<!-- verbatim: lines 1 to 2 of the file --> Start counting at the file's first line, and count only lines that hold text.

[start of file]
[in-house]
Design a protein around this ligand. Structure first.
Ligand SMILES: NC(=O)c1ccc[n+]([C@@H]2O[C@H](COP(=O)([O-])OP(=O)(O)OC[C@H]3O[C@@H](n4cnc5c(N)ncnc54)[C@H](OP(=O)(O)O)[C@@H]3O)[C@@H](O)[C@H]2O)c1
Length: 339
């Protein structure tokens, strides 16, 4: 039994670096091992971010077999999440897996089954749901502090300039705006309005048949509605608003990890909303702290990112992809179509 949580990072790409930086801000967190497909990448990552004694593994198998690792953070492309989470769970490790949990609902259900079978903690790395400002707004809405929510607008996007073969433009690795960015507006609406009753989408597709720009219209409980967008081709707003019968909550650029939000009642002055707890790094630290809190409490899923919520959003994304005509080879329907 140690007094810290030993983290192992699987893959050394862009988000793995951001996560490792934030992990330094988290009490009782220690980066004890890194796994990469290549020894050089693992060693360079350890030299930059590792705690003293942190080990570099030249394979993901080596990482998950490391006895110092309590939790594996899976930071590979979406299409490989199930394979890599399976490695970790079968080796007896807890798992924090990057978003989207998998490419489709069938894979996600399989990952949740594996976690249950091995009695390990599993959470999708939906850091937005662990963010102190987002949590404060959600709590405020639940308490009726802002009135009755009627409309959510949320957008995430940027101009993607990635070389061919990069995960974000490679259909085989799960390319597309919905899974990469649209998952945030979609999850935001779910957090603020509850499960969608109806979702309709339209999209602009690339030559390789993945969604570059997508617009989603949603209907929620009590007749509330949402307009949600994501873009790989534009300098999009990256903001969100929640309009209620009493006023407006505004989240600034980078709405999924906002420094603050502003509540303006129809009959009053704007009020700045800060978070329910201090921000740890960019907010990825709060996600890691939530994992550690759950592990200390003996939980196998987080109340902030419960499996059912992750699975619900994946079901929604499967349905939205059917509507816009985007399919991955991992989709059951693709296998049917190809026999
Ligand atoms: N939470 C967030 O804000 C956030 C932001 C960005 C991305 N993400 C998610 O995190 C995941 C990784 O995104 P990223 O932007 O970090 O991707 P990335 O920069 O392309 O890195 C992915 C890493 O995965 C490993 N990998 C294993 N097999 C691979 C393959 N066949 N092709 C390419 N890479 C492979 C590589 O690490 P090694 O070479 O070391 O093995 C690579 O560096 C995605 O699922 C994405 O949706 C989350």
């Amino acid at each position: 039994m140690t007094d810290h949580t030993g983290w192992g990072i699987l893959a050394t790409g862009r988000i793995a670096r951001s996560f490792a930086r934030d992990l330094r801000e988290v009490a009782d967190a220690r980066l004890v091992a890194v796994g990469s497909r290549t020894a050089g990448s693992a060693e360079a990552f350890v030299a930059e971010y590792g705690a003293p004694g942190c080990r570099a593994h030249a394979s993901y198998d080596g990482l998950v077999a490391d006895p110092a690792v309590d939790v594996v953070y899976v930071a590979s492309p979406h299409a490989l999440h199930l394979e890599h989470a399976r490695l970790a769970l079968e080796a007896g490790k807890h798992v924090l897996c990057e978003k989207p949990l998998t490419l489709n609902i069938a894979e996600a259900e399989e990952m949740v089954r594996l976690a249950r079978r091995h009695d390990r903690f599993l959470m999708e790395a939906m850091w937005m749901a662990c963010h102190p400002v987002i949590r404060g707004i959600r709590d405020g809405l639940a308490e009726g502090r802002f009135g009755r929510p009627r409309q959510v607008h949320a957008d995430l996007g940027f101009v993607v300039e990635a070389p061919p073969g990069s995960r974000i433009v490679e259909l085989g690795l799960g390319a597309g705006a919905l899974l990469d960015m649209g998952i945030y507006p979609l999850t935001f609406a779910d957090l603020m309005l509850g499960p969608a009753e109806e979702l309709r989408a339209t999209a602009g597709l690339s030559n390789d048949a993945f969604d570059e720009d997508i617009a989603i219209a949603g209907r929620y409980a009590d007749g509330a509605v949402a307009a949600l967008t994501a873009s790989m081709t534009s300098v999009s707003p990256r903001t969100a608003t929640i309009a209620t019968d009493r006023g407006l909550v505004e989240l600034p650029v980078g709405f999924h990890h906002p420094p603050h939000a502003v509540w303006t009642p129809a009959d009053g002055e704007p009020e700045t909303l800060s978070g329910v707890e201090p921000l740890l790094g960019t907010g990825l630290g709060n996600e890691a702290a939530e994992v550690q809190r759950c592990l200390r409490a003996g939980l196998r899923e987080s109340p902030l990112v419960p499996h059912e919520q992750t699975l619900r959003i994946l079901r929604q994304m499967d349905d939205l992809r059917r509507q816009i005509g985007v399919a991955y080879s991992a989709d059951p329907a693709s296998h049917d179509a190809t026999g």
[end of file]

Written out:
[in-house]
Design a protein around this ligand. Structure first.